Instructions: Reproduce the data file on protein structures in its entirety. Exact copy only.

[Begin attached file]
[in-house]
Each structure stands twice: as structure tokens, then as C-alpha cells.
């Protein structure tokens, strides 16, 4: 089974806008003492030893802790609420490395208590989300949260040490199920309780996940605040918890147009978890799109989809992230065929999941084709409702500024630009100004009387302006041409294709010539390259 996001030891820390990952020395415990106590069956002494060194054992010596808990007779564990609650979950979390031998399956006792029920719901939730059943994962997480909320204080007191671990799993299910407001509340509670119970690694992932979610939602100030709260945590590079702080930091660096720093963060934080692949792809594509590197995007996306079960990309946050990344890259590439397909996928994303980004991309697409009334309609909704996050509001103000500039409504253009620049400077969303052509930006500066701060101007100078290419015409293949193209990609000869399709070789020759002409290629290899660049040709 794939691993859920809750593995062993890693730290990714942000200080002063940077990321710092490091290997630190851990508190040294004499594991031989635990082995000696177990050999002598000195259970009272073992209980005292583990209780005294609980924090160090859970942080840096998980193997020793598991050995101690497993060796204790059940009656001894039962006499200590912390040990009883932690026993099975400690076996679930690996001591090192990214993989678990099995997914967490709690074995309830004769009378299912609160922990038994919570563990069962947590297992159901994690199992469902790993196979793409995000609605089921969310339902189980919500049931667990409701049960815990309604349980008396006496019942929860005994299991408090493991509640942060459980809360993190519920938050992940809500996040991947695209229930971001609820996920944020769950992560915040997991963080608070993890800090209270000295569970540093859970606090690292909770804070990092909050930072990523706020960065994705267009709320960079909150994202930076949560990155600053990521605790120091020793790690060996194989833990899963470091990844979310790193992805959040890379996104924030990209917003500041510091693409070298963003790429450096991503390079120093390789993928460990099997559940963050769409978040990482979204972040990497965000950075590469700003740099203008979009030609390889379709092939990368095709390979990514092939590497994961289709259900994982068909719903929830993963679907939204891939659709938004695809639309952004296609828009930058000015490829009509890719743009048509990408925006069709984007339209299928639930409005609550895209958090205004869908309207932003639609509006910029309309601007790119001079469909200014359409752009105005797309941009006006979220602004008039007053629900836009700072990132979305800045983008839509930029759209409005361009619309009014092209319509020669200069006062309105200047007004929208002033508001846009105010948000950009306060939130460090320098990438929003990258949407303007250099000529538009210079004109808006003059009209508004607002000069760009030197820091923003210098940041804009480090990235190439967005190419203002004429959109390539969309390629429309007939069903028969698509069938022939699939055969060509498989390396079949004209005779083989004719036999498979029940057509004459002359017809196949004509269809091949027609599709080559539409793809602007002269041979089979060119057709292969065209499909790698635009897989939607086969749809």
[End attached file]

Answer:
[in-house]
Each structure stands twice: as structure tokens, then as C-alpha cells.
């Protein structure tokens, strides 16, 4: 089974806008003492030893802790609420490395208590989300949260040490199920309780996940605040918890147009978890799109989809992230065929999941084709409702500024630009100004009387302006041409294709010539390259 996001030891820390990952020395415990106590069956002494060194054992010596808990007779564990609650979950979390031998399956006792029920719901939730059943994962997480909320204080007191671990799993299910407001509340509670119970690694992932979610939602100030709260945590590079702080930091660096720093963060934080692949792809594509590197995007996306079960990309946050990344890259590439397909996928994303980004991309697409009334309609909704996050509001103000500039409504253009620049400077969303052509930006500066701060101007100078290419015409293949193209990609000869399709070789020759002409290629290899660049040709 794939691993859920809750593995062993890693730290990714942000200080002063940077990321710092490091290997630190851990508190040294004499594991031989635990082995000696177990050999002598000195259970009272073992209980005292583990209780005294609980924090160090859970942080840096998980193997020793598991050995101690497993060796204790059940009656001894039962006499200590912390040990009883932690026993099975400690076996679930690996001591090192990214993989678990099995997914967490709690074995309830004769009378299912609160922990038994919570563990069962947590297992159901994690199992469902790993196979793409995000609605089921969310339902189980919500049931667990409701049960815990309604349980008396006496019942929860005994299991408090493991509640942060459980809360993190519920938050992940809500996040991947695209229930971001609820996920944020769950992560915040997991963080608070993890800090209270000295569970540093859970606090690292909770804070990092909050930072990523706020960065994705267009709320960079909150994202930076949560990155600053990521605790120091020793790690060996194989833990899963470091990844979310790193992805959040890379996104924030990209917003500041510091693409070298963003790429450096991503390079120093390789993928460990099997559940963050769409978040990482979204972040990497965000950075590469700003740099203008979009030609390889379709092939990368095709390979990514092939590497994961289709259900994982068909719903929830993963679907939204891939659709938004695809639309952004296609828009930058000015490829009509890719743009048509990408925006069709984007339209299928639930409005609550895209958090205004869908309207932003639609509006910029309309601007790119001079469909200014359409752009105005797309941009006006979220602004008039007053629900836009700072990132979305800045983008839509930029759209409005361009619309009014092209319509020669200069006062309105200047007004929208002033508001846009105010948000950009306060939130460090320098990438929003990258949407303007250099000529538009210079004109808006003059009209508004607002000069760009030197820091923003210098940041804009480090990235190439967005190419203002004429959109390539969309390629429309007939069903028969698509069938022939699939055969060509498989390396079949004209005779083989004719036999498979029940057509004459002359017809196949004509269809091949027609599709080559539409793809602007002269041979089979060119057709292969065209499909790698635009897989939607086969749809």